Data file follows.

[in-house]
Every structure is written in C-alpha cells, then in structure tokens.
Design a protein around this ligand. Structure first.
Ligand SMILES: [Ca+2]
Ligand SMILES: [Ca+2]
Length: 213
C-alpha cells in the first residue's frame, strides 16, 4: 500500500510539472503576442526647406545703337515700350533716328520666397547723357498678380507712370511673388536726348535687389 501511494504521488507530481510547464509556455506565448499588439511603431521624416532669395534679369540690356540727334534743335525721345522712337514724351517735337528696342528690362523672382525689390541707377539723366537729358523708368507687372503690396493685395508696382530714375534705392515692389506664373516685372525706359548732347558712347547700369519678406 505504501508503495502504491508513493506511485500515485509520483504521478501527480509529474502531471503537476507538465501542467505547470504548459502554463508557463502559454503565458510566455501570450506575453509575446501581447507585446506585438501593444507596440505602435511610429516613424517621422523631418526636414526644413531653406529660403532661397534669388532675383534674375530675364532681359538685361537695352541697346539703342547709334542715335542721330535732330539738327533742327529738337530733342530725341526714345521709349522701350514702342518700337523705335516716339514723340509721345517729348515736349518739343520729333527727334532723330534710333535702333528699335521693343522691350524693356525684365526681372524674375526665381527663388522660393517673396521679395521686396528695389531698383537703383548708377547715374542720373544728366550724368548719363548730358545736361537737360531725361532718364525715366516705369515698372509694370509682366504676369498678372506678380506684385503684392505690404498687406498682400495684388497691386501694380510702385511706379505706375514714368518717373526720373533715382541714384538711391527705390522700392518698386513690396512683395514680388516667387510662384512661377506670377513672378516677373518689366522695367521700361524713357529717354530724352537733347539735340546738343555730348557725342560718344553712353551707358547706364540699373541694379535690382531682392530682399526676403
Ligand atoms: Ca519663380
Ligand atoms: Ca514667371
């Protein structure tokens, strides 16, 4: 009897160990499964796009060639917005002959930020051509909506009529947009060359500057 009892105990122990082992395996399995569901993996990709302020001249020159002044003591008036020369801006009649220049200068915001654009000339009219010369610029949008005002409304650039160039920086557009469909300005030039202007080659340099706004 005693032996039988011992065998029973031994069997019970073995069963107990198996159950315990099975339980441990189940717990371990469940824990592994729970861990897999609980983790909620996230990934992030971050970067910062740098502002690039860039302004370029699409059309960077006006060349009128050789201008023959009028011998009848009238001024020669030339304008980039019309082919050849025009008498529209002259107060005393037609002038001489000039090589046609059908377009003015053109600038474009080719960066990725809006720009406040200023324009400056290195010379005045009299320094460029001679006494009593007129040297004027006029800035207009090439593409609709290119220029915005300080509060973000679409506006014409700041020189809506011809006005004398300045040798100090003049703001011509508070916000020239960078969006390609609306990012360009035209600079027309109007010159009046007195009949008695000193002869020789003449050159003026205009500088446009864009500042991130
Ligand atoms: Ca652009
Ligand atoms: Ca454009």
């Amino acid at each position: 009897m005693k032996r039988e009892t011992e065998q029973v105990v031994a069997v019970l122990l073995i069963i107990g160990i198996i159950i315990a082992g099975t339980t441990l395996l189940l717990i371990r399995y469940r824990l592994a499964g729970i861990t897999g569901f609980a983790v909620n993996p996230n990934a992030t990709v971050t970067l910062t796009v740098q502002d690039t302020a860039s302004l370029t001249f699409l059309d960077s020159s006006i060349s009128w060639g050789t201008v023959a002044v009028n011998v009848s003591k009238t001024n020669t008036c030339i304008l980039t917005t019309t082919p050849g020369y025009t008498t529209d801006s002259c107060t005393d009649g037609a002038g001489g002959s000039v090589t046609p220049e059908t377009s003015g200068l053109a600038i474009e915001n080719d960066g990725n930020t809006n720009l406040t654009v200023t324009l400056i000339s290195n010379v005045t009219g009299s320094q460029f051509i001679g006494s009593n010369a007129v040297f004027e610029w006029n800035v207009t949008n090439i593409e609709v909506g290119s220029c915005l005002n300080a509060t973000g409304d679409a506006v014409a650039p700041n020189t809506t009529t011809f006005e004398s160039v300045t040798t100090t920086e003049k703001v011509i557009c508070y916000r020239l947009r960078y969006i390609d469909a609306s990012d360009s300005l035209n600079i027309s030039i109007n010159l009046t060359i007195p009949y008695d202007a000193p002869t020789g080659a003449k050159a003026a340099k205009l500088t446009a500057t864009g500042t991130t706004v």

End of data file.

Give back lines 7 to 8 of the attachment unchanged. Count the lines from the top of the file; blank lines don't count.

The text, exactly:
C-alpha cells in the first residue's frame, strides 16, 4: 500500500510539472503576442526647406545703337515700350533716328520666397547723357498678380507712370511673388536726348535687389 501511494504521488507530481510547464509556455506565448499588439511603431521624416532669395534679369540690356540727334534743335525721345522712337514724351517735337528696342528690362523672382525689390541707377539723366537729358523708368507687372503690396493685395508696382530714375534705392515692389506664373516685372525706359548732347558712347547700369519678406 505504501508503495502504491508513493506511485500515485509520483504521478501527480509529474502531471503537476507538465501542467505547470504548459502554463508557463502559454503565458510566455501570450506575453509575446501581447507585446506585438501593444507596440505602435511610429516613424517621422523631418526636414526644413531653406529660403532661397534669388532675383534674375530675364532681359538685361537695352541697346539703342547709334542715335542721330535732330539738327533742327529738337530733342530725341526714345521709349522701350514702342518700337523705335516716339514723340509721345517729348515736349518739343520729333527727334532723330534710333535702333528699335521693343522691350524693356525684365526681372524674375526665381527663388522660393517673396521679395521686396528695389531698383537703383548708377547715374542720373544728366550724368548719363548730358545736361537737360531725361532718364525715366516705369515698372509694370509682366504676369498678372506678380506684385503684392505690404498687406498682400495684388497691386501694380510702385511706379505706375514714368518717373526720373533715382541714384538711391527705390522700392518698386513690396512683395514680388516667387510662384512661377506670377513672378516677373518689366522695367521700361524713357529717354530724352537733347539735340546738343555730348557725342560718344553712353551707358547706364540699373541694379535690382531682392530682399526676403
Ligand atoms: Ca519663380